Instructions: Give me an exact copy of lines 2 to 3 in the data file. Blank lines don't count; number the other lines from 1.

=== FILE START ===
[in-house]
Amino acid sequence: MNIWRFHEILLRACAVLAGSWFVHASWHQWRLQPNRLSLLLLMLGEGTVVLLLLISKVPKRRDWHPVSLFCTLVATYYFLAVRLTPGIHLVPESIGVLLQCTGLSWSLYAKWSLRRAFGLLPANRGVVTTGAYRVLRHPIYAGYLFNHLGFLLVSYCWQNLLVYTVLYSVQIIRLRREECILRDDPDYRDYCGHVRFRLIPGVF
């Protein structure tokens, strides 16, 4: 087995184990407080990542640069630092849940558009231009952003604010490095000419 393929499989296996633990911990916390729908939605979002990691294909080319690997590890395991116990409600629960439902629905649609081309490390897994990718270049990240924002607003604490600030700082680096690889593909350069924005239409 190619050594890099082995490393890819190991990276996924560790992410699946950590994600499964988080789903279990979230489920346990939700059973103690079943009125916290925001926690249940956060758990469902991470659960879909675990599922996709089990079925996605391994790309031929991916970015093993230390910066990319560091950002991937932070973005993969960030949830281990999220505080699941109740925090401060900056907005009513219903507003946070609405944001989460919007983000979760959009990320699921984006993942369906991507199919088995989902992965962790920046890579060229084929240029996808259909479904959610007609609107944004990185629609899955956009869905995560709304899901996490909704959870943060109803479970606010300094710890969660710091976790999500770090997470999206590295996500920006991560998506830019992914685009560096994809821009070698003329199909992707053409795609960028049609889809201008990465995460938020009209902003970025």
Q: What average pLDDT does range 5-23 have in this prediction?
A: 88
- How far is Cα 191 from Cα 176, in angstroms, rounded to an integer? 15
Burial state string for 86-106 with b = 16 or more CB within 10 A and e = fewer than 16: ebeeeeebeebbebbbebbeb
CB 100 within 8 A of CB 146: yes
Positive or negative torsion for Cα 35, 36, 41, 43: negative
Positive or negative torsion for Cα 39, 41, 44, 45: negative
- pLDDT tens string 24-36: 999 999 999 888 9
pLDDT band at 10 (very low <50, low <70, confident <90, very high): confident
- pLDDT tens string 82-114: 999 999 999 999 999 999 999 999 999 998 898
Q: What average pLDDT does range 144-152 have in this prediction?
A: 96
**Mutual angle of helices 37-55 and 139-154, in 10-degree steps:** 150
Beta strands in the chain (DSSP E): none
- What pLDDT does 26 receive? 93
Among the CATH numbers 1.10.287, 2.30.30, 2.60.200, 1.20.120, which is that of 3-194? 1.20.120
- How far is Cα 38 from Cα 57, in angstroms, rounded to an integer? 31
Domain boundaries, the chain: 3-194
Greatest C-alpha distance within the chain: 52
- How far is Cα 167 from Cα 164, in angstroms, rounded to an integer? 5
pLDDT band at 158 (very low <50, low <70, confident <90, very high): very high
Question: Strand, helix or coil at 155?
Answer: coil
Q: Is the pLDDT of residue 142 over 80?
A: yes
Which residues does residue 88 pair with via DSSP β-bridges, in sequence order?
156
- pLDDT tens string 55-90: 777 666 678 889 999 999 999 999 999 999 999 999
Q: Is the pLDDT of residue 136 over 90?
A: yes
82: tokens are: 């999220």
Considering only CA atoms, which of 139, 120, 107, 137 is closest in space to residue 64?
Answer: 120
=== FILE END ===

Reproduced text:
Amino acid sequence: MNIWRFHEILLRACAVLAGSWFVHASWHQWRLQPNRLSLLLLMLGEGTVVLLLLISKVPKRRDWHPVSLFCTLVATYYFLAVRLTPGIHLVPESIGVLLQCTGLSWSLYAKWSLRRAFGLLPANRGVVTTGAYRVLRHPIYAGYLFNHLGFLLVSYCWQNLLVYTVLYSVQIIRLRREECILRDDPDYRDYCGHVRFRLIPGVF
């Protein structure tokens, strides 16, 4: 087995184990407080990542640069630092849940558009231009952003604010490095000419 393929499989296996633990911990916390729908939605979002990691294909080319690997590890395991116990409600629960439902629905649609081309490390897994990718270049990240924002607003604490600030700082680096690889593909350069924005239409 190619050594890099082995490393890819190991990276996924560790992410699946950590994600499964988080789903279990979230489920346990939700059973103690079943009125916290925001926690249940956060758990469902991470659960879909675990599922996709089990079925996605391994790309031929991916970015093993230390910066990319560091950002991937932070973005993969960030949830281990999220505080699941109740925090401060900056907005009513219903507003946070609405944001989460919007983000979760959009990320699921984006993942369906991507199919088995989902992965962790920046890579060229084929240029996808259909479904959610007609609107944004990185629609899955956009869905995560709304899901996490909704959870943060109803479970606010300094710890969660710091976790999500770090997470999206590295996500920006991560998506830019992914685009560096994809821009070698003329199909992707053409795609960028049609889809201008990465995460938020009209902003970025």